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Work hard at whatever you do! (Ecc. 9. 10a)
La catégorie cms a 3 Billets
Publié le 6 Fév 2013, 7:45 am dans cms, html

Today I changed the configuration of this blog to dofollow. For my point of view, the web is a space of sharing and if a visitor adds a valuable comment to something like a blog, the least that the blog owner have to give in return as a gratification is an ounce of Googlejuice.

Nofollow attribute is, in my humble opinion, the worst way to discourage spammers. Except your satisfaction that the spammer didn't get any value in his activity,there is no other advantage. It doesn't discourage spammers and doesn't stop spams in your blog.

So, I am deactivating the nofollow attribute, and will monitor manually the comments. I will be removing comments which don't bring any value, especially those with an hyperlink. I am also planning to make a sort of blogspam.net proxy, to fight spam my way. This proxy will act as an URL blacklist checker, so I will be logging any domain mentioned in a spam comment and reject any further attempt to link to this domain. If the spam passes my check, then this module will forward checking to blogspam.net, before accepting the comment. A final manual review will be performed and possible spams will be deleted again.

Publié le 3 Fév 2013, 3:17 am dans cms, nginx

Yesterday I talked about installing WikkaWiki. I didn't mention it was about installing WikkaWiki on nginx. Wikkawiki is a CMS designed to function with Apache. Pretty URLS were achieved by using Apache's RewriteModule. Like for many other PHP CMS, URLs like http://example.com/wikka.php?wakka=HomePage are shortened like http://example.com/HomePage, so the Rewrite Engine translates /HomePage to /wikka.php?wakka=HomePage

Rewrite Rules can be translated into nginx statement configurations, and WikkaWiki Rewrite Rules are rather simple. The nginx rule is as simple as :

try_files $uri $uri/ @wikka;
location @wikka {
 rewrite (.*) /wikka.php?wakka=$1;
 fastcgi_pass 127.0.0.1:9000;
 fastcgi_index index.php;
 include /etc/nginx/fastcgi_params;
}

The try_files line is used to select rewriting only for non existent files. If file exists ($uri) or if we access a directory ($uri/), then they are served as is. In other words, resources like CSS, JS, Images, ... won't be redirected into wikka.php. However, if these conditions are not met (file doesn't exist), then location will fallback to @wikka, where rewriting happens.

The rewrite line is the actual rewriting rule. It's straightforward to understand. However, it is not sufficient because the try_files seems to short-circuit the execution of the page as PHP script, and without the fastcgi_pass, fastcgi_index and include below, the page just returns as an attachment to download. What you should do is to search in your nginx configuration how php files are executed. Search something like location ~ \.php$ { in your nginx configuration files, e.g. by grepping in /etc/nginx/. Copy everything inside the location php block into your location @wikka and restart nginx; that should do the trick. Don't forget to edit manually wikka.config.php and change rewrite_mode to '1'.

Another thing you must keep in mind is that with this trick, if the URI exists, it will not be rewritten. It is a slight difference with Apache where only some folders were specifically served without rewriting. If someone accesses http://example.com/wikka.config.php, this file will be executed. In Apache, it will be redirected to /wikka.php?wakka=wikka.config.php. In general, this is a non-issue, because with WikkaWiki, php files accessed directly don't do any harm, outputting a blank page in most cases. But it IS a security issue if you rely on RewriteEngine to forbid access to some sensitive directory. For example, if you allow visitors to upload files on your server, there is a risk that this file is served (or executed) by nginx.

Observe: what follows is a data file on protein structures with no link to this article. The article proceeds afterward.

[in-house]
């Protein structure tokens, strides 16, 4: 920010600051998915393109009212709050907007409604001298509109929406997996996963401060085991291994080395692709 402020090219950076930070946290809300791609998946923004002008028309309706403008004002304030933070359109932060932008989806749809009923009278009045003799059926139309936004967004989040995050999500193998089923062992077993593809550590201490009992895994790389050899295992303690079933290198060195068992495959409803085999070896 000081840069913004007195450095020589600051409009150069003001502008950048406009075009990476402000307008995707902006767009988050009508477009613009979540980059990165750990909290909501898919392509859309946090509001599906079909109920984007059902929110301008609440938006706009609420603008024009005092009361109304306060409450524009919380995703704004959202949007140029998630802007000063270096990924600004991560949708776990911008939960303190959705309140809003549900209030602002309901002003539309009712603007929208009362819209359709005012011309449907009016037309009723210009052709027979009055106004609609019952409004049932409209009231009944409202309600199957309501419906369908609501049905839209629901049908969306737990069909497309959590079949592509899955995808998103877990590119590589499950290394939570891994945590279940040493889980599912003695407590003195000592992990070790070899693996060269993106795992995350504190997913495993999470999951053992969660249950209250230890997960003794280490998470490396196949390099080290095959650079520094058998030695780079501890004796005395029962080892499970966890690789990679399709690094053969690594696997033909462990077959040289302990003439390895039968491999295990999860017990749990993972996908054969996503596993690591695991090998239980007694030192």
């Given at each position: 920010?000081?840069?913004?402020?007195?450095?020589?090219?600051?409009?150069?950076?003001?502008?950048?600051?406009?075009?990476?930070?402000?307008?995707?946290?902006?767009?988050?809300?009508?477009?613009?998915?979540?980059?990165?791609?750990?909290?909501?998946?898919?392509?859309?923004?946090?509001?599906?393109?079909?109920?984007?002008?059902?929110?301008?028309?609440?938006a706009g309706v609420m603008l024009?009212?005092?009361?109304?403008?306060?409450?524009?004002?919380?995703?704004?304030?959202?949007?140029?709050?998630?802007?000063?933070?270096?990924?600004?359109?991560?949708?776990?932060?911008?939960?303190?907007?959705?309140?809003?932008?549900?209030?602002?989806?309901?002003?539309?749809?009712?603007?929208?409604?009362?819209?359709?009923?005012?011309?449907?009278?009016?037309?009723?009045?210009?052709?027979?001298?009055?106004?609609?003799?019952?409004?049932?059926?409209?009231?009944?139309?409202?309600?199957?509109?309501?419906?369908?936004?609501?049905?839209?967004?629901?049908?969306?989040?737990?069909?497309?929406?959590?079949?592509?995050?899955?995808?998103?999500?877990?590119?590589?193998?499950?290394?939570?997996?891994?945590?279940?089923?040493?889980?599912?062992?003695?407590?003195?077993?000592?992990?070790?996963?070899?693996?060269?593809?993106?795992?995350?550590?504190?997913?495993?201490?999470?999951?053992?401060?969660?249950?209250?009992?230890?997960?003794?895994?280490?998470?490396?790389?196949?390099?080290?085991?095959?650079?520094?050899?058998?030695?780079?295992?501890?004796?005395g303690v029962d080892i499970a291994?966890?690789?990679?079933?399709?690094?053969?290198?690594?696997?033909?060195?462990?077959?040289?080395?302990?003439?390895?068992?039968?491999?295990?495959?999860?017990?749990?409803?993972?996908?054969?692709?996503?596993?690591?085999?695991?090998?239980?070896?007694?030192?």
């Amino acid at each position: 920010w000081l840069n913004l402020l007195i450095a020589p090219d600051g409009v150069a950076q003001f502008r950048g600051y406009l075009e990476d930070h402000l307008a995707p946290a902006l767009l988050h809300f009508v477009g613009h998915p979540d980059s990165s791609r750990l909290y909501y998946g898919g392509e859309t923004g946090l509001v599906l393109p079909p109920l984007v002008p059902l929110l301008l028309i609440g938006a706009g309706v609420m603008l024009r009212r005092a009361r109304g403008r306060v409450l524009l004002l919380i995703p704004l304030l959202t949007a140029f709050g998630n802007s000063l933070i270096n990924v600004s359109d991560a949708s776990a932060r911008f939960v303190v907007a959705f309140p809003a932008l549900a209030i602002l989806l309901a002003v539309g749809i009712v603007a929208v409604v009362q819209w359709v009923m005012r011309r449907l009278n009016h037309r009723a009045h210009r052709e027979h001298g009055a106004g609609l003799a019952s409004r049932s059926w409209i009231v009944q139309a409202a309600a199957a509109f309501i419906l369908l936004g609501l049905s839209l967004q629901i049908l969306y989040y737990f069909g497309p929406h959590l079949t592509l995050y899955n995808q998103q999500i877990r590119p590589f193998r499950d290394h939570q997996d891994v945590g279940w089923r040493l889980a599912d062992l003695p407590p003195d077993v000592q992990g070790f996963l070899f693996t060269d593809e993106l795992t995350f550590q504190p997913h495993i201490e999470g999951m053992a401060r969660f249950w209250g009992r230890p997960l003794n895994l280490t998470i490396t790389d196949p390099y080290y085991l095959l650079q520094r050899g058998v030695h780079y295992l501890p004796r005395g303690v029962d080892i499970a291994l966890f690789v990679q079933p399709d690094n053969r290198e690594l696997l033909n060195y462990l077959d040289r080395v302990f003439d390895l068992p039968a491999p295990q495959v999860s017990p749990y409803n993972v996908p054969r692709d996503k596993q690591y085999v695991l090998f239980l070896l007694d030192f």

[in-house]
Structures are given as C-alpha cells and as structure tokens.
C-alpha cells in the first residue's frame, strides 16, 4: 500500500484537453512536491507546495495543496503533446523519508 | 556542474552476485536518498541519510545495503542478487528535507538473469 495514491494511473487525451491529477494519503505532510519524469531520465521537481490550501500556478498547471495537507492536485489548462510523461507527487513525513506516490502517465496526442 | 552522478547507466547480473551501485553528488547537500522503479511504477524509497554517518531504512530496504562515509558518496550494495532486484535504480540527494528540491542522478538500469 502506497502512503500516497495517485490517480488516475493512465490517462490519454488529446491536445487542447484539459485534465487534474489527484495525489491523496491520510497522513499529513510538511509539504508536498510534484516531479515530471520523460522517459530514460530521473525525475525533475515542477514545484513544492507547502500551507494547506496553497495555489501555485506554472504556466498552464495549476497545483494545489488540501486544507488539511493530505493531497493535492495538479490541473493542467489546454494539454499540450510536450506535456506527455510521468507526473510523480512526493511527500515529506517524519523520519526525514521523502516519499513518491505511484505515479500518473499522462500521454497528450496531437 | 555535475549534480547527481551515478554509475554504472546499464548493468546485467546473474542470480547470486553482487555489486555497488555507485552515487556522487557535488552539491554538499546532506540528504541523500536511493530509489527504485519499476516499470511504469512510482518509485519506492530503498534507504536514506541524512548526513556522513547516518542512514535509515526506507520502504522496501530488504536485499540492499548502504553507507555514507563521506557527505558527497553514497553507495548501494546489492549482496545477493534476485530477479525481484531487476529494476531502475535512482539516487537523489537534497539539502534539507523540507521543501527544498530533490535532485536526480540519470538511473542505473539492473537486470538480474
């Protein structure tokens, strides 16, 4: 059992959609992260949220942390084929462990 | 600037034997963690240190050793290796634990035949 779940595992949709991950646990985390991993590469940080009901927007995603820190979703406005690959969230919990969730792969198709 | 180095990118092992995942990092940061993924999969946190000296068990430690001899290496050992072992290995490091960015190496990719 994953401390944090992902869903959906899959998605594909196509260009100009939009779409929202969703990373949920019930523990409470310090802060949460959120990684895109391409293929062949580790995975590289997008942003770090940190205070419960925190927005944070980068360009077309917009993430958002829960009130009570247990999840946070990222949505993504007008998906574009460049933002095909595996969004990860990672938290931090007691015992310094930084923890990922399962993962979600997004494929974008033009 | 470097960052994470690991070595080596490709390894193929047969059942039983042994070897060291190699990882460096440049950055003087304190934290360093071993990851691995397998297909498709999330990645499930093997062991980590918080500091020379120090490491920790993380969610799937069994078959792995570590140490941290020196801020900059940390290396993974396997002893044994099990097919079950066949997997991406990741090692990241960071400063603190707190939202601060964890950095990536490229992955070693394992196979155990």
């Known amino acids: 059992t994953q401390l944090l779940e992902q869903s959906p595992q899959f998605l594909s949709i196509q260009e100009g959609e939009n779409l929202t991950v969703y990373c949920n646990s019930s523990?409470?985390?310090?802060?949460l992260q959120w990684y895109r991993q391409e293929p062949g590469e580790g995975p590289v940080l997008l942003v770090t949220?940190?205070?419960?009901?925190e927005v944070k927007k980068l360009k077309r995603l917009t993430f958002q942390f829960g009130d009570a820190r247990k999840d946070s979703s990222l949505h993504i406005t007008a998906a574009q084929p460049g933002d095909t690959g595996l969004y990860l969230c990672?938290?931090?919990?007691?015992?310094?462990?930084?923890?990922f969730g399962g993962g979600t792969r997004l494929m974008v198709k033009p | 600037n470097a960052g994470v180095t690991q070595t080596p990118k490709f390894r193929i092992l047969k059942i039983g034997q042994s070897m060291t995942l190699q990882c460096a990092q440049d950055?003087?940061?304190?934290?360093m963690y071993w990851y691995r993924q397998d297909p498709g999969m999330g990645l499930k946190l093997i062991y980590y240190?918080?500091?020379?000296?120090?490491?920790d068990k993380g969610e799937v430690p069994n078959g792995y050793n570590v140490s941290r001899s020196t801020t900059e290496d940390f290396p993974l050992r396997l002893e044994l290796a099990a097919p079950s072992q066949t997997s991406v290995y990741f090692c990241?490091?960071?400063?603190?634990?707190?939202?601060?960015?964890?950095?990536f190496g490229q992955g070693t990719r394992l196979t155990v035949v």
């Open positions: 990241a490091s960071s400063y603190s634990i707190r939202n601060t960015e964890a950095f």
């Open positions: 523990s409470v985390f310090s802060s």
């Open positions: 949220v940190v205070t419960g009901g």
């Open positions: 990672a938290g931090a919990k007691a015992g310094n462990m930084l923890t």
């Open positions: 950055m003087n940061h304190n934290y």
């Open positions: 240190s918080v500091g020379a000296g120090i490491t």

Publié le 3 Oct 2012, 2:31 am dans cms, php

One reseller of webhosting at Dot.MG asked me to revamp one of her customer's website. The old webmaster seems to ignore anything about templating and dynamic pages, all files of the website were served statically. That's a good thing for my servers, but a very bad thing when it comes to touch something in his designs. We'll talk later about how I re-templated this installation.

This site had a bulletin board, which was hosted elsewhere, on free forum hosting, and integrated to his site with ugly <iframe>.

I had to install myself a discussion board, and, it's the first time in years that I had to play again with a bulletin board. Last time I've use one, PhpBB was the king of BBs. One of the forum I like is run by Vanilla and I went on their site to download one look for a download link. I was not looking to download the archive, rather looking for a download link, to copy the URL and use wget on the server. Actually, I feel very uncomfortable with downloading something to my PC and then uploading the file to my servers. I'm now used to get the tarball directly from my test server, doing the install there, and repeat the process on the production box when everything is okay.

But, VanillaForums didn't give a simple download link, the download was on a post form, so I was obviously obliged to use a browser and click the download button. I gave a last chance to Vanilla by passing --post-data to wget, but when this was also failing, I gave up and did a quick search for lightweight forum. Then I saw this stackoverflow discussion where I saw PunBB as one of the candidates. And yes, PunBB has usable download links. At my great surprise, PunBB has support for Sqlite, the installation was easy and straighforward.

And there are the reasons why I chose PunBB.